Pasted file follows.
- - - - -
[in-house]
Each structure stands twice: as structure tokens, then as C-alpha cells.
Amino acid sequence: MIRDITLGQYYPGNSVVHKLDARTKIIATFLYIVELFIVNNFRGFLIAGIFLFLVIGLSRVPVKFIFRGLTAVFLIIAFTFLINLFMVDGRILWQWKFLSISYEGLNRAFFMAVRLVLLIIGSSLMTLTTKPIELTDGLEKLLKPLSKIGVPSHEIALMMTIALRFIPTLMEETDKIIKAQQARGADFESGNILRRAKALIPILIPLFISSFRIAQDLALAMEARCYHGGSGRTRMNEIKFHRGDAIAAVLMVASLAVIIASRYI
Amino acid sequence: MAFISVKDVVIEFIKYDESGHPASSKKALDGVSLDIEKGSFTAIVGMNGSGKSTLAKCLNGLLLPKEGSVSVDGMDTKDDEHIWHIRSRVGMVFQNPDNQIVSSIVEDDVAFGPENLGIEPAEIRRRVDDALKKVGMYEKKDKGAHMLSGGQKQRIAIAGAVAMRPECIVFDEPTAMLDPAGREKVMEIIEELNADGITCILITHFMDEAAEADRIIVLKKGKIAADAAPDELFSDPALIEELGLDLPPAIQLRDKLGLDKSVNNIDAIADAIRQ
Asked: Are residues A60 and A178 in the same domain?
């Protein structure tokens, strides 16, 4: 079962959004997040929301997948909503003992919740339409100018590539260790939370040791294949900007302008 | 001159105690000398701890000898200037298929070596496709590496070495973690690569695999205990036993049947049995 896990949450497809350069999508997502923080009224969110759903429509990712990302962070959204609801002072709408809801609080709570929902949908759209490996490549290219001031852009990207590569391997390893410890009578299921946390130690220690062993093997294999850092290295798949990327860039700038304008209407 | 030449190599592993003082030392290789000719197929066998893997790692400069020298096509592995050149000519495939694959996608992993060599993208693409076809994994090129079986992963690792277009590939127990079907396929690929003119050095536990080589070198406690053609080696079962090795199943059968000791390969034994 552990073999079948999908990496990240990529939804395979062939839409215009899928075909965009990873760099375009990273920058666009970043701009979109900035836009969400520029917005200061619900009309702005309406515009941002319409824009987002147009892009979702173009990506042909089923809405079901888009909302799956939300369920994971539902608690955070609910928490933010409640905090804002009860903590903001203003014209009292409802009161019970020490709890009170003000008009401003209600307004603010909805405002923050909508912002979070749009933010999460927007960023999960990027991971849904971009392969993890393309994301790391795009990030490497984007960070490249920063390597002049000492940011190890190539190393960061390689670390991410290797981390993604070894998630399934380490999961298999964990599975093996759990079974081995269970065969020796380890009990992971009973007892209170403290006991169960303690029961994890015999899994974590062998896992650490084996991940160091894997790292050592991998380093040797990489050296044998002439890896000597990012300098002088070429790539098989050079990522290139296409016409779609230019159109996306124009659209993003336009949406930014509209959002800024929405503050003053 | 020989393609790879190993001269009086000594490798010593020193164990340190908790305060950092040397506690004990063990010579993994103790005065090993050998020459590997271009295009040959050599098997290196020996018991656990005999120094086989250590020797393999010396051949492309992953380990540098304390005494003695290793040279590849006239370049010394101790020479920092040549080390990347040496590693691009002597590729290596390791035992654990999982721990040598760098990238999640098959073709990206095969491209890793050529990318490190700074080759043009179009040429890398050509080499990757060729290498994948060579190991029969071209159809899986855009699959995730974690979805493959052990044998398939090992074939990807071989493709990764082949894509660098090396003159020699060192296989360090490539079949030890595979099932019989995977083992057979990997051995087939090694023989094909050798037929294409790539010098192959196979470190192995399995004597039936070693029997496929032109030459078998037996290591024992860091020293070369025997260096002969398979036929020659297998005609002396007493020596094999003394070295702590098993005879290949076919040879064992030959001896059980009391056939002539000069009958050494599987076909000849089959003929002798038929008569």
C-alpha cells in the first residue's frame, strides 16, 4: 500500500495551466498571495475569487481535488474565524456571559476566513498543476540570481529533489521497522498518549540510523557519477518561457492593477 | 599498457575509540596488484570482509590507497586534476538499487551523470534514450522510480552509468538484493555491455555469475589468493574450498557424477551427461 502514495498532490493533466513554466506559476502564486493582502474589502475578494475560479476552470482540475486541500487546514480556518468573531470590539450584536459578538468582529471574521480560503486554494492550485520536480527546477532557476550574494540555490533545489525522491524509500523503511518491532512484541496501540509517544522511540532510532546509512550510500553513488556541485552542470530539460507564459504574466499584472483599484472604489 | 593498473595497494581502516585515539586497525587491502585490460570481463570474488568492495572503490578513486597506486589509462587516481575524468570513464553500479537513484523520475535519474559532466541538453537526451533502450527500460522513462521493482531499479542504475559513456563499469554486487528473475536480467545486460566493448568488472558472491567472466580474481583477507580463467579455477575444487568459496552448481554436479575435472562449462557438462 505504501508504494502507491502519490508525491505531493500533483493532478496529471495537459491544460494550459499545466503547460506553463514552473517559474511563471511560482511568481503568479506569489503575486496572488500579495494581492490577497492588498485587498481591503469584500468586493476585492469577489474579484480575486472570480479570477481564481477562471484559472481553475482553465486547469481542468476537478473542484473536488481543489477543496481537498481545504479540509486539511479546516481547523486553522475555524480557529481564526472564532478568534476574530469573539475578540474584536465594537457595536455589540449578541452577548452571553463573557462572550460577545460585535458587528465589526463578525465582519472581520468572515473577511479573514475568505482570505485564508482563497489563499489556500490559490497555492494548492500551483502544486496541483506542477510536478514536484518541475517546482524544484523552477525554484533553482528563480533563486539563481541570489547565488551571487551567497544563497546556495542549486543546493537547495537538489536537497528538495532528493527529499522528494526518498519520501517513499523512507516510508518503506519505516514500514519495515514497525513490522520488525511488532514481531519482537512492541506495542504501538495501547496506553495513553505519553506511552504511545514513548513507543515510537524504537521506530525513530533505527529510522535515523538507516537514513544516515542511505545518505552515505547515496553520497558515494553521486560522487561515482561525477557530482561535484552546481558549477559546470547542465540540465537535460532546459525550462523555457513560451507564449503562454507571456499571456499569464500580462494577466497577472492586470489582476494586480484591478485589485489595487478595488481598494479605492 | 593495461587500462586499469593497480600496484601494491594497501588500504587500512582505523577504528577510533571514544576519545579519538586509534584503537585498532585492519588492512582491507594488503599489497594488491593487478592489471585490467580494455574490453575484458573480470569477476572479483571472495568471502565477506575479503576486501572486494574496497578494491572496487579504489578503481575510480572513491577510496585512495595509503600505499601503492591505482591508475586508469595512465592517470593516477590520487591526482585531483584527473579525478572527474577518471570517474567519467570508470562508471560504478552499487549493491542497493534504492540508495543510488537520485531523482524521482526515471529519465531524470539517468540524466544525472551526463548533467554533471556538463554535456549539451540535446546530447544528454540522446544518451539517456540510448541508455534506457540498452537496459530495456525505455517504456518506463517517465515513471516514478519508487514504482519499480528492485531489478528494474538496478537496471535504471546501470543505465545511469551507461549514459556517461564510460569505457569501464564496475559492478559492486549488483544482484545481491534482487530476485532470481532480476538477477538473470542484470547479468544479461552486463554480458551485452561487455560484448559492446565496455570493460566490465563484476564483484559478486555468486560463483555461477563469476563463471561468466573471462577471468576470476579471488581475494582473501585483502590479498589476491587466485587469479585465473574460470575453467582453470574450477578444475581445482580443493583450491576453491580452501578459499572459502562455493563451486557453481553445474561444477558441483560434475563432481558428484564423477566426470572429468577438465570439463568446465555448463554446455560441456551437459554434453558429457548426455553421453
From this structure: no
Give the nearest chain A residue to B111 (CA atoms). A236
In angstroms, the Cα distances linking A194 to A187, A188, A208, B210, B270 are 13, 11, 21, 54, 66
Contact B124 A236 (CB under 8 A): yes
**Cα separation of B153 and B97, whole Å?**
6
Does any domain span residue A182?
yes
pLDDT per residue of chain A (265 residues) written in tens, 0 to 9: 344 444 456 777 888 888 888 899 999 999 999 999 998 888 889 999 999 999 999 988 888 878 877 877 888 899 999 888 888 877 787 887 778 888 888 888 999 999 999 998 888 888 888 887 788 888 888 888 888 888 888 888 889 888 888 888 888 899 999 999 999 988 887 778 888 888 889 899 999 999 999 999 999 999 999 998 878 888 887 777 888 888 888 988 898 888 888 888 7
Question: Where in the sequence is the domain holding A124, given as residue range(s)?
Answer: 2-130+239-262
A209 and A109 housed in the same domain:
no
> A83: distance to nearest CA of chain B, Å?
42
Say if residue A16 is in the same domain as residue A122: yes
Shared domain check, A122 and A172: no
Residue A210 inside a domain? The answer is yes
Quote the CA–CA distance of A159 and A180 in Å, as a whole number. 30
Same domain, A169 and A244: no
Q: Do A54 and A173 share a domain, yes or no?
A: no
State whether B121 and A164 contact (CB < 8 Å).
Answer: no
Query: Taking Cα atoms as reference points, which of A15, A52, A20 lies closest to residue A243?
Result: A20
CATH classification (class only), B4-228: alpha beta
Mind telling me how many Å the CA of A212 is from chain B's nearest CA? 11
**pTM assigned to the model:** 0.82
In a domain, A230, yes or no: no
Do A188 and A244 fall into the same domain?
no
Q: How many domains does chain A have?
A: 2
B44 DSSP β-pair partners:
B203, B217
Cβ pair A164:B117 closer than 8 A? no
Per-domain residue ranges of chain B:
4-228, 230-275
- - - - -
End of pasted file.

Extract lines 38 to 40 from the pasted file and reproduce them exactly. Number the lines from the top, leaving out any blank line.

Do A188 and A244 fall into the same domain?
no
Q: How many domains does chain A have?